Other parts of this series:
In the previous blog in this series, we looked at how conflicting priorities are hampering firms’ ability to address the transition away from the London Interbank Offered Rate (LIBOR), scheduled for the end of 2021.
In addition to conflicting priorities, our 2019 LIBOR Survey also showed firms might be suffering from overconfidence about the ease of transitioning and the timing and certainty of the transition end date. In 2019 we learned many financial services firms did not have a strategy in place to move their assets, contracts and clients to the new rate structure, and manage the transition across the organization and the industry to reduce and mitigate risk. Furthermore, less than half of survey respondents had the necessary funding, talent and capabilities to complete the transition by the end of 2021.
In 2020 we have seen global regulators signal they are moving ahead at full speed, and the 2021 deadline should not move. Entities such as the Alternative Reference Rates Committee (ARRC) have published their key 2020 objectives as well as recommendations for completing the LIBOR transition, for both financial firms and vendors, and both they and the Financial Conduct Authority (FCA) in the United Kingdom have provided detailed interim timelines for the transition of different products from LIBOR to alternative benchmark rates.1 As global regulators have begun to focus their attention on a timely transition away from LIBOR, there is now less confusion around the deadline.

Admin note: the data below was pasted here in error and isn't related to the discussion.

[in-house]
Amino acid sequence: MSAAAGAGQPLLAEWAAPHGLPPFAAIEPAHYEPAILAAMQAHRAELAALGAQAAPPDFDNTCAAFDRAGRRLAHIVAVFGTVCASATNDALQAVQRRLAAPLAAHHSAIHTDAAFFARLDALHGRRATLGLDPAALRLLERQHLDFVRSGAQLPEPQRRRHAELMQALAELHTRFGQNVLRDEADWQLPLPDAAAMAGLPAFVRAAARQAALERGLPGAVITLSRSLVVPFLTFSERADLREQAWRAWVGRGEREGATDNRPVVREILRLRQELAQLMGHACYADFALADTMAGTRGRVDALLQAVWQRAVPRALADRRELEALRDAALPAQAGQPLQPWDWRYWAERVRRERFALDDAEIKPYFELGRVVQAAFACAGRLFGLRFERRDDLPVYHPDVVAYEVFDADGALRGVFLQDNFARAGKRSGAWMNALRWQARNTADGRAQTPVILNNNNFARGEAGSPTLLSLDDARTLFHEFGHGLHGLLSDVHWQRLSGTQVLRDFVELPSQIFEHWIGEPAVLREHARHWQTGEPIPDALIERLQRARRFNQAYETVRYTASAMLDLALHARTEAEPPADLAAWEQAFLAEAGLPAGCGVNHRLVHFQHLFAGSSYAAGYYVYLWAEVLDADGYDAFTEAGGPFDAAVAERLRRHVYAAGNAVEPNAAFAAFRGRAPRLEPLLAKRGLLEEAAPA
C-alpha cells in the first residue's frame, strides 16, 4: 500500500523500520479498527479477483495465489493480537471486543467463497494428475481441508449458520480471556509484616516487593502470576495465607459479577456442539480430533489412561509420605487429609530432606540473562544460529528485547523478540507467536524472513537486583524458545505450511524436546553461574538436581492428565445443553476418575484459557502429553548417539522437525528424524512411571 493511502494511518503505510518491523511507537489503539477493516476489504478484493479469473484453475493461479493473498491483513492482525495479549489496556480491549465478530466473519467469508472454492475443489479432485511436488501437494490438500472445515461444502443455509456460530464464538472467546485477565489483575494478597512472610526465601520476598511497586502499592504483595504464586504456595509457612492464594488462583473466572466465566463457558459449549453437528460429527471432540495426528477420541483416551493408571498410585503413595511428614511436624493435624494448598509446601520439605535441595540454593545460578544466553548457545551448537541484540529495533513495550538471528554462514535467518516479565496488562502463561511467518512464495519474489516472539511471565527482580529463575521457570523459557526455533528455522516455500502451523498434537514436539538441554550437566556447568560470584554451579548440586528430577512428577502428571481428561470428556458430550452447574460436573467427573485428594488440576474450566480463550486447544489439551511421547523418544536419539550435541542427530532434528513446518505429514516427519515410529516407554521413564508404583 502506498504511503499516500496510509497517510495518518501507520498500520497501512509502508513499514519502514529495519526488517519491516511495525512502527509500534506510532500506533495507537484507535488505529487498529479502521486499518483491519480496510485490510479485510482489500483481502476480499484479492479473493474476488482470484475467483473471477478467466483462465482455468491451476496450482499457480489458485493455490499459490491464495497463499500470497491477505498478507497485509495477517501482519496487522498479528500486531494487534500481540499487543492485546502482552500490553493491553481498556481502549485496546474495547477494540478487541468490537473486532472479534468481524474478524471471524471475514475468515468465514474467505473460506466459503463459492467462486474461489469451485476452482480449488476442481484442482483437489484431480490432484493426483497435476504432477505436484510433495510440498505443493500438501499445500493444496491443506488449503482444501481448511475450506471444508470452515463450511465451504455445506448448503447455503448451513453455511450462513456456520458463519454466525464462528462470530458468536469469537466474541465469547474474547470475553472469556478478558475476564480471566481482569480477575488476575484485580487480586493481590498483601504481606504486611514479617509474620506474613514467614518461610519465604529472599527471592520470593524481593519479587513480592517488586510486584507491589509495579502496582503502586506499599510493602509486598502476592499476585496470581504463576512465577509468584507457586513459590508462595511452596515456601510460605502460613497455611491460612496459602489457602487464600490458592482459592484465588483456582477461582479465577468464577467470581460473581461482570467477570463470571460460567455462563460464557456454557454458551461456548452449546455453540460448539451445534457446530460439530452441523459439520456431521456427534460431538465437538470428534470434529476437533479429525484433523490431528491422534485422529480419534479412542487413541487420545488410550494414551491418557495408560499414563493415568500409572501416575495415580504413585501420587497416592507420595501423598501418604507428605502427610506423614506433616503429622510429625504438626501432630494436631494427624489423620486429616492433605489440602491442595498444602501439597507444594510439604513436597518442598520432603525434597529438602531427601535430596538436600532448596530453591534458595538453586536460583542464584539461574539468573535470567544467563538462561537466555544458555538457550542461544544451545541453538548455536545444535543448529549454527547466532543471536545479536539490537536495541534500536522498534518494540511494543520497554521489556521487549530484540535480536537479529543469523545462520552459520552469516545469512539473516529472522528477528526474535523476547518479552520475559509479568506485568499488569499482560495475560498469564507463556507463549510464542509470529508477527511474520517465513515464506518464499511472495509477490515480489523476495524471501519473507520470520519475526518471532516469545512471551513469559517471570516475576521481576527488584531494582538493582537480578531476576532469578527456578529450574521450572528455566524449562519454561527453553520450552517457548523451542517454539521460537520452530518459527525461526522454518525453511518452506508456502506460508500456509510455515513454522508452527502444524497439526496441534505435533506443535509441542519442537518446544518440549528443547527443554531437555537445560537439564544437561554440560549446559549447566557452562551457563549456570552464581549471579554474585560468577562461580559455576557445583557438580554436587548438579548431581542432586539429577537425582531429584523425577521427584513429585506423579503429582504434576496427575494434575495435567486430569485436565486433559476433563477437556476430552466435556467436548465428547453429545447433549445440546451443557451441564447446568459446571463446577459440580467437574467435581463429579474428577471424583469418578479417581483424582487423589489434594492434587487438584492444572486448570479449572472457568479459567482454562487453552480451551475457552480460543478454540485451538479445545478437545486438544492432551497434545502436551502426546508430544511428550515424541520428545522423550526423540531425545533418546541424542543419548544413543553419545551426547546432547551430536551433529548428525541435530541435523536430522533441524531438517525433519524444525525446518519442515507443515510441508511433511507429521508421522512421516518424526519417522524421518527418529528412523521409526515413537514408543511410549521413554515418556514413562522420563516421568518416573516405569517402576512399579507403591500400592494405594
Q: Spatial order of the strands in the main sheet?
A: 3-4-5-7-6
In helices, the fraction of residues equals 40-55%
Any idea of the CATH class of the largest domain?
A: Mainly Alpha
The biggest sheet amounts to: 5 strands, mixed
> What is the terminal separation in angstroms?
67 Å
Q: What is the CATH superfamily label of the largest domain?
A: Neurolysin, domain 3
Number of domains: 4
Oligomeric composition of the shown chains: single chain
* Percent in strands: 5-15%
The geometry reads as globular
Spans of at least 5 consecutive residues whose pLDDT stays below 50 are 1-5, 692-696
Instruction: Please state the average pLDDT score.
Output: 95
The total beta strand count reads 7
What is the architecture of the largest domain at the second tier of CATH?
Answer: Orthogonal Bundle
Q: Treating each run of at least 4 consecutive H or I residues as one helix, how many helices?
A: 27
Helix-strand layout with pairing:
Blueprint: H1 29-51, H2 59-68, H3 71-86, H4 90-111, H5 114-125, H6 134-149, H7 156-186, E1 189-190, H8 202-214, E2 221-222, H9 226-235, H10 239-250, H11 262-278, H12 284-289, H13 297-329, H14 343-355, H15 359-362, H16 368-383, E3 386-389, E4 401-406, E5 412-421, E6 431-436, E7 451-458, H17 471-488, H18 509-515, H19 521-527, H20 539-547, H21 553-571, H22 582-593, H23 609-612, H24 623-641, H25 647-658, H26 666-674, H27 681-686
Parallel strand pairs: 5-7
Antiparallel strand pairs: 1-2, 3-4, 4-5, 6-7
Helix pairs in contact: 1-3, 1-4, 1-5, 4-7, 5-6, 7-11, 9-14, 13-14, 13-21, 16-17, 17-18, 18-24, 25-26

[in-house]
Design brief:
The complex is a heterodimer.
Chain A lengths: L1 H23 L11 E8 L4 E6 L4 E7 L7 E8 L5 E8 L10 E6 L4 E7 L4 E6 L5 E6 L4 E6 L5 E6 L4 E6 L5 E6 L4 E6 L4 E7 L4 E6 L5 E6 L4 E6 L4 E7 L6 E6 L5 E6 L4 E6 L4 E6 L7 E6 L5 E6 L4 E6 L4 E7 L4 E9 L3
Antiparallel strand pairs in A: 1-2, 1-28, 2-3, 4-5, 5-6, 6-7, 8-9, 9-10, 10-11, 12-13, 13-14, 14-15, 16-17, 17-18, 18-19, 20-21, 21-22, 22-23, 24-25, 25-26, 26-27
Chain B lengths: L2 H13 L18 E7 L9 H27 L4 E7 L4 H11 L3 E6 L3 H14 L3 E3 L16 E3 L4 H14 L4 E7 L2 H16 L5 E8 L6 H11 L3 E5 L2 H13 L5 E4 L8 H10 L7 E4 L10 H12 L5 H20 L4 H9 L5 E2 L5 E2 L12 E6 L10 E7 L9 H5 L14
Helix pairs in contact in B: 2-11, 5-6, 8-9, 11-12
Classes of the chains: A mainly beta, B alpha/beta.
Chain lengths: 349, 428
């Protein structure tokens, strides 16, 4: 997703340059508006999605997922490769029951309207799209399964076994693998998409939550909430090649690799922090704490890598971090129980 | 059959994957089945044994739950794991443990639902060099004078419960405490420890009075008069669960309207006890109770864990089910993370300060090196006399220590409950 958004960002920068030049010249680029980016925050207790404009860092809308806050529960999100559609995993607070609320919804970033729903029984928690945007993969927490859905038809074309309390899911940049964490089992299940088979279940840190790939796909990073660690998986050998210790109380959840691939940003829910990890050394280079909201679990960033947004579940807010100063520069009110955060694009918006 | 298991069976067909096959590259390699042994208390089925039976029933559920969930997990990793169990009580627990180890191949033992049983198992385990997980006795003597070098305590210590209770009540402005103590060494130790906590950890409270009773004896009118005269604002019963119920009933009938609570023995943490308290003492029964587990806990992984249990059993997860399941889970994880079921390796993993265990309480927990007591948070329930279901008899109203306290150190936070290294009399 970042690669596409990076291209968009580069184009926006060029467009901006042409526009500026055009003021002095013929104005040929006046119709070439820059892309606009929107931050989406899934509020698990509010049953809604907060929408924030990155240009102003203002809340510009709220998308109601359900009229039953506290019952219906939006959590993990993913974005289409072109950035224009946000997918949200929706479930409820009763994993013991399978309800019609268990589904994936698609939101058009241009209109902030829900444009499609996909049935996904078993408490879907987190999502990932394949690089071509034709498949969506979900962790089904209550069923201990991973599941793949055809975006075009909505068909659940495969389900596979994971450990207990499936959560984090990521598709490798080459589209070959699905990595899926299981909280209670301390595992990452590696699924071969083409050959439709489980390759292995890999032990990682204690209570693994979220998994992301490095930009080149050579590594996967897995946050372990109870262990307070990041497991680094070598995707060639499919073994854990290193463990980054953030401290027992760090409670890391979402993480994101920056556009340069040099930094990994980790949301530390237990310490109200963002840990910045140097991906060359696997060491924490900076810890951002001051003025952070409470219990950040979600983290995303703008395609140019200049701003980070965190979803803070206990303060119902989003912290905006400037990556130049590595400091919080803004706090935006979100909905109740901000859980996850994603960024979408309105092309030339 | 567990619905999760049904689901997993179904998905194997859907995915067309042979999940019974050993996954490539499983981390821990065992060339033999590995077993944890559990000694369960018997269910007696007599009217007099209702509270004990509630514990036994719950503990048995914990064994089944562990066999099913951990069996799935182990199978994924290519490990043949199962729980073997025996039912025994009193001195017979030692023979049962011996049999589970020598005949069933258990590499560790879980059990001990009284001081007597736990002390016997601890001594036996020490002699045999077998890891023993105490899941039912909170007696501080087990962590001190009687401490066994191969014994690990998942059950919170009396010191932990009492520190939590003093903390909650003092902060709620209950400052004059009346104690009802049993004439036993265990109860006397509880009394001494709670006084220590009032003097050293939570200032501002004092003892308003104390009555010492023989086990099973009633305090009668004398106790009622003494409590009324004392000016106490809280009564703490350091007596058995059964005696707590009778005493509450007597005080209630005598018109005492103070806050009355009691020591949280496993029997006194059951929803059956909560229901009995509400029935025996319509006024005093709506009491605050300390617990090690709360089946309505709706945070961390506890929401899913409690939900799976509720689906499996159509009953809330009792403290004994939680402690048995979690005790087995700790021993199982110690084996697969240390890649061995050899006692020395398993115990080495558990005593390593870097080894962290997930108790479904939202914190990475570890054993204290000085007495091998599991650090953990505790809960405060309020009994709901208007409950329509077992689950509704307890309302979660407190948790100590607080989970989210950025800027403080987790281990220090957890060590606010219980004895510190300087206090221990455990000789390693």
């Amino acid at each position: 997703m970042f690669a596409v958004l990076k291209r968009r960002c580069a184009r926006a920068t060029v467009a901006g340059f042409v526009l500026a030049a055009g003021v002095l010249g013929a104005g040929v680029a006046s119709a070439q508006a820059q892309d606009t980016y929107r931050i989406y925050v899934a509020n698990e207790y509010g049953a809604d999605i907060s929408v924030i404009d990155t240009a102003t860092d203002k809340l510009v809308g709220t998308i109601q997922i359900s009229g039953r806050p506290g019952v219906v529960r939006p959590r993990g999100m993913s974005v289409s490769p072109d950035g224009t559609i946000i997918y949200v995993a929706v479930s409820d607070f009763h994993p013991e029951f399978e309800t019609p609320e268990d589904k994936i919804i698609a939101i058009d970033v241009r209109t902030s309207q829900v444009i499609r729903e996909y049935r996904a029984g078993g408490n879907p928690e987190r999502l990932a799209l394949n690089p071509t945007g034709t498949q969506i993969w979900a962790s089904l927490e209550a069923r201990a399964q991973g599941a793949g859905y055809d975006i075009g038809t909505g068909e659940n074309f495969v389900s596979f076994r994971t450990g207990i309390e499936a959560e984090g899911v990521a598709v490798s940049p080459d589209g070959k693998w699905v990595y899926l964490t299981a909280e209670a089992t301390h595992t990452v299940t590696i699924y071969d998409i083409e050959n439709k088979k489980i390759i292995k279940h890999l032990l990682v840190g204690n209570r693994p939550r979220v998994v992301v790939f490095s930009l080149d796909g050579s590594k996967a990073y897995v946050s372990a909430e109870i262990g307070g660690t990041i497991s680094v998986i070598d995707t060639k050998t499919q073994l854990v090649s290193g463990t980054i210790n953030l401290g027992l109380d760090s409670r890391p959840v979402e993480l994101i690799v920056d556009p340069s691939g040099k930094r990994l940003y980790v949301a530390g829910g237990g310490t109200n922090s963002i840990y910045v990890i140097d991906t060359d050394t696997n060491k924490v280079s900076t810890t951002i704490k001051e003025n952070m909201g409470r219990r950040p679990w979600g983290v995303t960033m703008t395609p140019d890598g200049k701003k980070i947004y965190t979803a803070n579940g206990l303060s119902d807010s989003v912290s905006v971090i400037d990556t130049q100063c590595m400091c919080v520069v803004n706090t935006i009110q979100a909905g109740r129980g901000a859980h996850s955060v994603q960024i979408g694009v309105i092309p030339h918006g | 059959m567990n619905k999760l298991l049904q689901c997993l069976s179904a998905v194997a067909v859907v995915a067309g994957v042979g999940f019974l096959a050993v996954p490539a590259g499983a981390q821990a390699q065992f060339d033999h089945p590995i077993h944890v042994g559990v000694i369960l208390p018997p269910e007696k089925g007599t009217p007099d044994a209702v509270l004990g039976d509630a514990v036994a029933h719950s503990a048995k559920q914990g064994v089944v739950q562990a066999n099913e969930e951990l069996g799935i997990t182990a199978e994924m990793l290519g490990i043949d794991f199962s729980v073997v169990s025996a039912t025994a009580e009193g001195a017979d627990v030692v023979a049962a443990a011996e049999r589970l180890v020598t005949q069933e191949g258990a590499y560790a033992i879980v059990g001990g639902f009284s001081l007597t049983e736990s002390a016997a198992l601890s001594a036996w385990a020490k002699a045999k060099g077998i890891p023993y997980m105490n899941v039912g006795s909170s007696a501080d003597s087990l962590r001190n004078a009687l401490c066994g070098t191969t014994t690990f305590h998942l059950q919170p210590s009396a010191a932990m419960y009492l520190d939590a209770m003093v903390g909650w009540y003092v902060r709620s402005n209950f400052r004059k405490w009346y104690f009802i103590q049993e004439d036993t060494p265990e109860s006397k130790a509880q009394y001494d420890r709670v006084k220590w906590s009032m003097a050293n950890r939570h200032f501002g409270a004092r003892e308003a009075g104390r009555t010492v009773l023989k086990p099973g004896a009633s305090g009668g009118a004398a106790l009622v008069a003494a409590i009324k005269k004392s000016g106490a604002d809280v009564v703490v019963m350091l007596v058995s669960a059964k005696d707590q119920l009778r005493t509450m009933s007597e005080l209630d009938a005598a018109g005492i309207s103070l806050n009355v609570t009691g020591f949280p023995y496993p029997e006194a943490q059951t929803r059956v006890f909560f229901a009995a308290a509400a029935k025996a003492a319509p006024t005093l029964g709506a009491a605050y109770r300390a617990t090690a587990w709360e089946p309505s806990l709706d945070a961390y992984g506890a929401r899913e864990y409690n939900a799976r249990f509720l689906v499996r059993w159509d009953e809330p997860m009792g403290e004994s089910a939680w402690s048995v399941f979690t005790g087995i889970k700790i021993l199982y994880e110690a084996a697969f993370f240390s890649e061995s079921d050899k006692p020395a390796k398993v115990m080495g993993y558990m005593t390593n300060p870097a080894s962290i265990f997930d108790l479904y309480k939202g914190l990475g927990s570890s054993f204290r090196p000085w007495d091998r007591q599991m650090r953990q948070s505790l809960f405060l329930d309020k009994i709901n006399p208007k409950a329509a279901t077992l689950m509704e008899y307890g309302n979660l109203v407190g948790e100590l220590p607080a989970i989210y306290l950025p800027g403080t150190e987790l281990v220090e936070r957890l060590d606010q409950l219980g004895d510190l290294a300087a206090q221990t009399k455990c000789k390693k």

In Accenture’s discussions with financial firms, we are seeing growing acknowledgment and acceptance of the need for transition planning.
With 2021 almost upon us, Accenture is conducting a new survey to explore if firms have grasped the complexities and challenges they face in transitioning away from LIBOR, and if their planning and thinking has evolved since 2019. Are financial services firms building the required robust plans to effectively transition assets, contracts and clients with confidence? Are they taking a strategic approach to their LIBOR transition, or opting for tactical and intermediate steps? And more importantly, would they be operationally ready for the 2021 deadline? Stay tuned for these important findings and insights.
In concluding, firms should heed the words of Andrew Bailey, the former CEO of the Financial Conduct Authority and now governor of the Bank of England, who said, “You can’t assume that LIBOR will be there after the end of 2021. So, don’t plan on the basis that you can go on as before because either it won’t be there or what will be there will, frankly, not be what’s there today.”2
- “Alternative Reference Rates Committee – 2020 Objectives,” Alternative Reference Rates Committee, April 17, 2020. Access at: https://www.newyorkfed.org/medialibrary/Microsites/arrc/files/2020/ARRC_2020_Objectives.pdf. “Impact of the coronavirus on firms’ LIBOR transition plans,” Financial Conduct Authority, March 25, 2010. Access at: https://www.fca.org.uk/news/statements/impact-coronavirus-firms-libor-transition-plans.
- “The View from Washington: A Conversation with FCA CEO Andrew Bailey and NYFRB President John Williams,” Securities Industry and Financial Markets Association, July 25, 2019. Access at: https://www.sifma.org/resources/news/the-view-from-washington-fca-bailey-nyfrb-williams/.